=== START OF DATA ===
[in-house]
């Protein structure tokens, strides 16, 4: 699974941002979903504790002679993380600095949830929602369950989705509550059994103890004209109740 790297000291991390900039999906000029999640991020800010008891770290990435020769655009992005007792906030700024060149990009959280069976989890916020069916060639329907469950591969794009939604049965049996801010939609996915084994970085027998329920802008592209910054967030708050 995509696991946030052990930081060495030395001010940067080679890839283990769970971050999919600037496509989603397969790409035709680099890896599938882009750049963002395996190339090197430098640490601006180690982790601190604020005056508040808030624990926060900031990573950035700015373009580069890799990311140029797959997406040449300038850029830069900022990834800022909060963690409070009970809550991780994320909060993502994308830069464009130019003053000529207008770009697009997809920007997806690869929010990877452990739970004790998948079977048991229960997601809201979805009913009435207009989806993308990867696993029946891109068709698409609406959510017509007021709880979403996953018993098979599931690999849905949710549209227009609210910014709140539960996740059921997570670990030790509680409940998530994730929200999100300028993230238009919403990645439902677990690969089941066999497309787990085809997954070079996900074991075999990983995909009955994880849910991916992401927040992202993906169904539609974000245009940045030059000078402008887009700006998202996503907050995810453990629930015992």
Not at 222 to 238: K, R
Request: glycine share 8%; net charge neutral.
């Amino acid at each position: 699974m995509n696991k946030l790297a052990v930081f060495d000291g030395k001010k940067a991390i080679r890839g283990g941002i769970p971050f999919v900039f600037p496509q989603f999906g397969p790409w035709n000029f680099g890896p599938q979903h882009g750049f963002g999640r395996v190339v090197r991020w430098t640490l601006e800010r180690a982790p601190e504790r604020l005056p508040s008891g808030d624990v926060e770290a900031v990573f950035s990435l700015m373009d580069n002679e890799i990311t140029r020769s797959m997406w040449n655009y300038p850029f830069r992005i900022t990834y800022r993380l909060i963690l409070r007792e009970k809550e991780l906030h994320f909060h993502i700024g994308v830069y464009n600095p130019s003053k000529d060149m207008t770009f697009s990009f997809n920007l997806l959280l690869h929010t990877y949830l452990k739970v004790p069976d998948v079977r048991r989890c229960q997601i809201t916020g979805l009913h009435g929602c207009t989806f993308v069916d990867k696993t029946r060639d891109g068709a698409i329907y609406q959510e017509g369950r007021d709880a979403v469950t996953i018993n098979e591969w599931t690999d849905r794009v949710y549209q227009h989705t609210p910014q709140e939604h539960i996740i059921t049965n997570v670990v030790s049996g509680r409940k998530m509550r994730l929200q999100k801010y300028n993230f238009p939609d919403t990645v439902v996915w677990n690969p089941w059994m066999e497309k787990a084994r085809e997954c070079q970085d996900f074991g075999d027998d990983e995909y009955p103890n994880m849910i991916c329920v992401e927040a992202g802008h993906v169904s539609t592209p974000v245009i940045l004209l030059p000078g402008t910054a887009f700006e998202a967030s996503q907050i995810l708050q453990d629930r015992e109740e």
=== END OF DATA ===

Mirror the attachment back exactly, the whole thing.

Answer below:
[in-house]
């Protein structure tokens, strides 16, 4: 699974941002979903504790002679993380600095949830929602369950989705509550059994103890004209109740 790297000291991390900039999906000029999640991020800010008891770290990435020769655009992005007792906030700024060149990009959280069976989890916020069916060639329907469950591969794009939604049965049996801010939609996915084994970085027998329920802008592209910054967030708050 995509696991946030052990930081060495030395001010940067080679890839283990769970971050999919600037496509989603397969790409035709680099890896599938882009750049963002395996190339090197430098640490601006180690982790601190604020005056508040808030624990926060900031990573950035700015373009580069890799990311140029797959997406040449300038850029830069900022990834800022909060963690409070009970809550991780994320909060993502994308830069464009130019003053000529207008770009697009997809920007997806690869929010990877452990739970004790998948079977048991229960997601809201979805009913009435207009989806993308990867696993029946891109068709698409609406959510017509007021709880979403996953018993098979599931690999849905949710549209227009609210910014709140539960996740059921997570670990030790509680409940998530994730929200999100300028993230238009919403990645439902677990690969089941066999497309787990085809997954070079996900074991075999990983995909009955994880849910991916992401927040992202993906169904539609974000245009940045030059000078402008887009700006998202996503907050995810453990629930015992």
Not at 222 to 238: K, R
Request: glycine share 8%; net charge neutral.
């Amino acid at each position: 699974m995509n696991k946030l790297a052990v930081f060495d000291g030395k001010k940067a991390i080679r890839g283990g941002i769970p971050f999919v900039f600037p496509q989603f999906g397969p790409w035709n000029f680099g890896p599938q979903h882009g750049f963002g999640r395996v190339v090197r991020w430098t640490l601006e800010r180690a982790p601190e504790r604020l005056p508040s008891g808030d624990v926060e770290a900031v990573f950035s990435l700015m373009d580069n002679e890799i990311t140029r020769s797959m997406w040449n655009y300038p850029f830069r992005i900022t990834y800022r993380l909060i963690l409070r007792e009970k809550e991780l906030h994320f909060h993502i700024g994308v830069y464009n600095p130019s003053k000529d060149m207008t770009f697009s990009f997809n920007l997806l959280l690869h929010t990877y949830l452990k739970v004790p069976d998948v079977r048991r989890c229960q997601i809201t916020g979805l009913h009435g929602c207009t989806f993308v069916d990867k696993t029946r060639d891109g068709a698409i329907y609406q959510e017509g369950r007021d709880a979403v469950t996953i018993n098979e591969w599931t690999d849905r794009v949710y549209q227009h989705t609210p910014q709140e939604h539960i996740i059921t049965n997570v670990v030790s049996g509680r409940k998530m509550r994730l929200q999100k801010y300028n993230f238009p939609d919403t990645v439902v996915w677990n690969p089941w059994m066999e497309k787990a084994r085809e997954c070079q970085d996900f074991g075999d027998d990983e995909y009955p103890n994880m849910i991916c329920v992401e927040a992202g802008h993906v169904s539609t592209p974000v245009i940045l004209l030059p000078g402008t910054a887009f700006e998202a967030s996503q907050i995810l708050q453990d629930r015992e109740e």